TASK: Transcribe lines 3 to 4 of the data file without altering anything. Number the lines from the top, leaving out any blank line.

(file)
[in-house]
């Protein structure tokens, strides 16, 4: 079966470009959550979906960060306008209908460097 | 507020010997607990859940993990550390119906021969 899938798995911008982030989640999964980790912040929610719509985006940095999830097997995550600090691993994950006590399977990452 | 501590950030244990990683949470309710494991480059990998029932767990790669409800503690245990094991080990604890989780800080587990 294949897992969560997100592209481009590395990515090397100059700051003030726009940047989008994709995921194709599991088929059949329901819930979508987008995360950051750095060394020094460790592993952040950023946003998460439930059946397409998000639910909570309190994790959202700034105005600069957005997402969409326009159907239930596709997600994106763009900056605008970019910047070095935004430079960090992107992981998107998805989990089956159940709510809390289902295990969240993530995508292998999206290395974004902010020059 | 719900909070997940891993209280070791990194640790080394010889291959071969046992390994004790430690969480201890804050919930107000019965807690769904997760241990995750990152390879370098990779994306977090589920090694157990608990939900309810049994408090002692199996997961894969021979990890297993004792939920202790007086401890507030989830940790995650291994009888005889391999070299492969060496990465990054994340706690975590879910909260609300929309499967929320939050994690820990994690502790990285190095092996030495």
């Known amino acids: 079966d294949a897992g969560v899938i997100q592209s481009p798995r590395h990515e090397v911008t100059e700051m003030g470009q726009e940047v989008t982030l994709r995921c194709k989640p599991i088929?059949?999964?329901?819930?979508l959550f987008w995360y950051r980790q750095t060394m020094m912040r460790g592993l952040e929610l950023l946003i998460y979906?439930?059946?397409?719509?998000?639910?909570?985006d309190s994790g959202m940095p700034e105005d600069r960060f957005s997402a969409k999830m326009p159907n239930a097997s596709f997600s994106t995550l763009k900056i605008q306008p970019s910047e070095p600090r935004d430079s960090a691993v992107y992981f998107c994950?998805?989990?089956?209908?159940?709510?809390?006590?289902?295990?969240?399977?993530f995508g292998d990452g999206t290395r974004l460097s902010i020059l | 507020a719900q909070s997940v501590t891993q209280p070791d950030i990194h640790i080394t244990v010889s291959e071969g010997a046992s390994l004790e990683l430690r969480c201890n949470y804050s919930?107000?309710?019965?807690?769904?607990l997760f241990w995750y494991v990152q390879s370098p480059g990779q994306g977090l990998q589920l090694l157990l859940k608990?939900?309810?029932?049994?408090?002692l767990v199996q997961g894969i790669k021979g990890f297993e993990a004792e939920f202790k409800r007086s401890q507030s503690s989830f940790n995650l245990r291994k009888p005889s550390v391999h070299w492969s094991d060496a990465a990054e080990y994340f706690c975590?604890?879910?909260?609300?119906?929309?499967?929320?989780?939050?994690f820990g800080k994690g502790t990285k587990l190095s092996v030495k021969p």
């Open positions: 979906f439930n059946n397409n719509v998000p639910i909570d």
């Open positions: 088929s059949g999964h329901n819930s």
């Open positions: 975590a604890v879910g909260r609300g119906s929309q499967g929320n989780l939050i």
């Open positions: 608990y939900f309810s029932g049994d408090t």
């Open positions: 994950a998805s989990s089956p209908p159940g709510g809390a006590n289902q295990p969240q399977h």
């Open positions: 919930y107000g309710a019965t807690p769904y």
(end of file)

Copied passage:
């Known amino acids: 079966d294949a897992g969560v899938i997100q592209s481009p798995r590395h990515e090397v911008t100059e700051m003030g470009q726009e940047v989008t982030l994709r995921c194709k989640p599991i088929?059949?999964?329901?819930?979508l959550f987008w995360y950051r980790q750095t060394m020094m912040r460790g592993l952040e929610l950023l946003i998460y979906?439930?059946?397409?719509?998000?639910?909570?985006d309190s994790g959202m940095p700034e105005d600069r960060f957005s997402a969409k999830m326009p159907n239930a097997s596709f997600s994106t995550l763009k900056i605008q306008p970019s910047e070095p600090r935004d430079s960090a691993v992107y992981f998107c994950?998805?989990?089956?209908?159940?709510?809390?006590?289902?295990?969240?399977?993530f995508g292998d990452g999206t290395r974004l460097s902010i020059l | 507020a719900q909070s997940v501590t891993q209280p070791d950030i990194h640790i080394t244990v010889s291959e071969g010997a046992s390994l004790e990683l430690r969480c201890n949470y804050s919930?107000?309710?019965?807690?769904?607990l997760f241990w995750y494991v990152q390879s370098p480059g990779q994306g977090l990998q589920l090694l157990l859940k608990?939900?309810?029932?049994?408090?002692l767990v199996q997961g894969i790669k021979g990890f297993e993990a004792e939920f202790k409800r007086s401890q507030s503690s989830f940790n995650l245990r291994k009888p005889s550390v391999h070299w492969s094991d060496a990465a990054e080990y994340f706690c975590?604890?879910?909260?609300?119906?929309?499967?929320?989780?939050?994690f820990g800080k994690g502790t990285k587990l190095s092996v030495k021969p």
């Open positions: 979906f439930n059946n397409n719509v998000p639910i909570d």